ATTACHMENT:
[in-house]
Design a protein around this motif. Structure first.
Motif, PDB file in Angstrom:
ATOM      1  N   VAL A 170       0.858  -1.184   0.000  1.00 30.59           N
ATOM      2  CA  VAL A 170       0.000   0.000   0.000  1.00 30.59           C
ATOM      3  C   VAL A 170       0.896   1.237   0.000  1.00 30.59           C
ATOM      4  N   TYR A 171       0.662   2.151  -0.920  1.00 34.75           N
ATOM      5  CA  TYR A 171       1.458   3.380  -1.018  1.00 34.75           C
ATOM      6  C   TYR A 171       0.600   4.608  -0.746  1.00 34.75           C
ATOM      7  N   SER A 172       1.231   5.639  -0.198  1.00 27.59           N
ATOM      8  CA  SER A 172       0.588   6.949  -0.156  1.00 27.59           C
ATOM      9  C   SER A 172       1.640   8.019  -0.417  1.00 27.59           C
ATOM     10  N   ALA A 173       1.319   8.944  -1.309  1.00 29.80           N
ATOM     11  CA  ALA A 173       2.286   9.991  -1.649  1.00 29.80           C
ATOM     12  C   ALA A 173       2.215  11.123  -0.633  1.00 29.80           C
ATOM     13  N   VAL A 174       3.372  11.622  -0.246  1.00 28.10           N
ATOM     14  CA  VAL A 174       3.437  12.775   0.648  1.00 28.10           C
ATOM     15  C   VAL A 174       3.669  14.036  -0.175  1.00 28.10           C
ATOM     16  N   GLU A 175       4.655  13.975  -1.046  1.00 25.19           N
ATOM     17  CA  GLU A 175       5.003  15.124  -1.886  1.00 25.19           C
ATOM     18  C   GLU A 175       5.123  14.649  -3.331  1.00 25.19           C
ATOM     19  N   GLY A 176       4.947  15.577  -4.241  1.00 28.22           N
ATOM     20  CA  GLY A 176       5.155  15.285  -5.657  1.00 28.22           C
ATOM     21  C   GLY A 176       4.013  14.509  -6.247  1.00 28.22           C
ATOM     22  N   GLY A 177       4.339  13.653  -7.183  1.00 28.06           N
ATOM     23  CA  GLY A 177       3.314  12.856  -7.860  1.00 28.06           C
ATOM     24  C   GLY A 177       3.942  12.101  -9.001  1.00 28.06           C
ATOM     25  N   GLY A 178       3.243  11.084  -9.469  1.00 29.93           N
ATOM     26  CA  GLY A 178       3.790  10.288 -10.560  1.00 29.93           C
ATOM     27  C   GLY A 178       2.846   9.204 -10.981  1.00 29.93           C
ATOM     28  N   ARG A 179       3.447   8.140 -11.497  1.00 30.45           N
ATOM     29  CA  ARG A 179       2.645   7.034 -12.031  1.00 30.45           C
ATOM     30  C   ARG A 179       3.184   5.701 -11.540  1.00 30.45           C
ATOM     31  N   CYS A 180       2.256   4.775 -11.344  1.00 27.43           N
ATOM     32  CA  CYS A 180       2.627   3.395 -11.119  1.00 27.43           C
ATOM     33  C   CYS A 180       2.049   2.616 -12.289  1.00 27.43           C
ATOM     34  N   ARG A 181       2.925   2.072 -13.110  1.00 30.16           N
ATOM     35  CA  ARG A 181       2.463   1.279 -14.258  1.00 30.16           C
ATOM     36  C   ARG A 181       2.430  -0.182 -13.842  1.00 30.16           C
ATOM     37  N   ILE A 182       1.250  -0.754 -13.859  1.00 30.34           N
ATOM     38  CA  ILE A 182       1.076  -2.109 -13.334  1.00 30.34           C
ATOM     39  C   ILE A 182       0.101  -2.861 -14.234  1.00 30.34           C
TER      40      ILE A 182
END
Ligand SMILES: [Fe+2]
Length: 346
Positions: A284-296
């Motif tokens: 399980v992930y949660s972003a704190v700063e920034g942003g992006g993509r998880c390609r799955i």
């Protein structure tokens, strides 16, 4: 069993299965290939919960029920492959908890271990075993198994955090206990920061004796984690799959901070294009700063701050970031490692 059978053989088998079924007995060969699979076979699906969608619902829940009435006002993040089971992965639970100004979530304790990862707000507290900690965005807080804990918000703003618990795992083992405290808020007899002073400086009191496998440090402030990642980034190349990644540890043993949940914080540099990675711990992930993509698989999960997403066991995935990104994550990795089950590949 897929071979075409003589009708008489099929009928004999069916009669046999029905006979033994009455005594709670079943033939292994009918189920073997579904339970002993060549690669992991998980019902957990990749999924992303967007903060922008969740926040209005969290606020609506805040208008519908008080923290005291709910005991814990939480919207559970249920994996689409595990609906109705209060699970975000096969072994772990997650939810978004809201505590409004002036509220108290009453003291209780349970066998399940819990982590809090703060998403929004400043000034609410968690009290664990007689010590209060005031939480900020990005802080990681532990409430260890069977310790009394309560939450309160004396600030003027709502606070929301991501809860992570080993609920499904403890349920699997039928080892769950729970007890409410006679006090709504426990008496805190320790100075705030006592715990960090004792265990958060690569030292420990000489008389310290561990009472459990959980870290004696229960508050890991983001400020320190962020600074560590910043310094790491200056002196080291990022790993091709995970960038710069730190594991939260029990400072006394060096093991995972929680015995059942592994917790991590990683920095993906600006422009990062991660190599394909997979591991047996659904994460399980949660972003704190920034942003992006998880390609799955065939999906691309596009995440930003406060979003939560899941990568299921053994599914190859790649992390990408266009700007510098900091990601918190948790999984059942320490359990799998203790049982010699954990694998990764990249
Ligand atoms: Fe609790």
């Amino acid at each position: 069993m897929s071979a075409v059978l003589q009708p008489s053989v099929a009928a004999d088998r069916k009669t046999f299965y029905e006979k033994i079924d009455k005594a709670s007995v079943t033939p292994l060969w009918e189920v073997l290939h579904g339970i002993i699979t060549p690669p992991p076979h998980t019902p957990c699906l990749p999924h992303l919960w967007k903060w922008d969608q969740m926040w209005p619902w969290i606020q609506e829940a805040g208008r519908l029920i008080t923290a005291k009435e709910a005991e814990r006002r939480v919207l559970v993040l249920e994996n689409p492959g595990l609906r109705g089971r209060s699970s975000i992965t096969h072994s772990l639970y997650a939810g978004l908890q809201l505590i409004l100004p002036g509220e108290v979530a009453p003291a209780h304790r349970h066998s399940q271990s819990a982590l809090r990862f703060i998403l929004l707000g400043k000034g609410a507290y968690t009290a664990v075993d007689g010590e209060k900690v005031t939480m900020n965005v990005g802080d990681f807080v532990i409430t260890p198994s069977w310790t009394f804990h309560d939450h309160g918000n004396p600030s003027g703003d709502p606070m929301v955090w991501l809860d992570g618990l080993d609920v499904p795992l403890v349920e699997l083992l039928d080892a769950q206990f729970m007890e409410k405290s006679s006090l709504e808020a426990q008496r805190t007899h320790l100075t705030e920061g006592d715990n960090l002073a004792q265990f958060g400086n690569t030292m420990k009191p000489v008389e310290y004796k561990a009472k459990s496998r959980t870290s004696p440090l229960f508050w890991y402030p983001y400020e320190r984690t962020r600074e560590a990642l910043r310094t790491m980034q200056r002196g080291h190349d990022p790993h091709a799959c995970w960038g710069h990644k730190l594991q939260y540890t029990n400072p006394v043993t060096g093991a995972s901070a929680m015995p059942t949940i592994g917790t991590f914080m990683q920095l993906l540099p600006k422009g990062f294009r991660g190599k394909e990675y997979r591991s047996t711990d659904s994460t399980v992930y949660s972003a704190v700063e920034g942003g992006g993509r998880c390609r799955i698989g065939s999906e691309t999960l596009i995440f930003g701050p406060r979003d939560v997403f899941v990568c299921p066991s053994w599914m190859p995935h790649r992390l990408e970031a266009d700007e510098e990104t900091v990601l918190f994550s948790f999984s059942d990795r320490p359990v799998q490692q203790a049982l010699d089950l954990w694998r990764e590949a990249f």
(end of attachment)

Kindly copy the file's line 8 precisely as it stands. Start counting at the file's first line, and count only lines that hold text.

ATOM      5  CA  TYR A 171       1.458   3.380  -1.018  1.00 34.75           C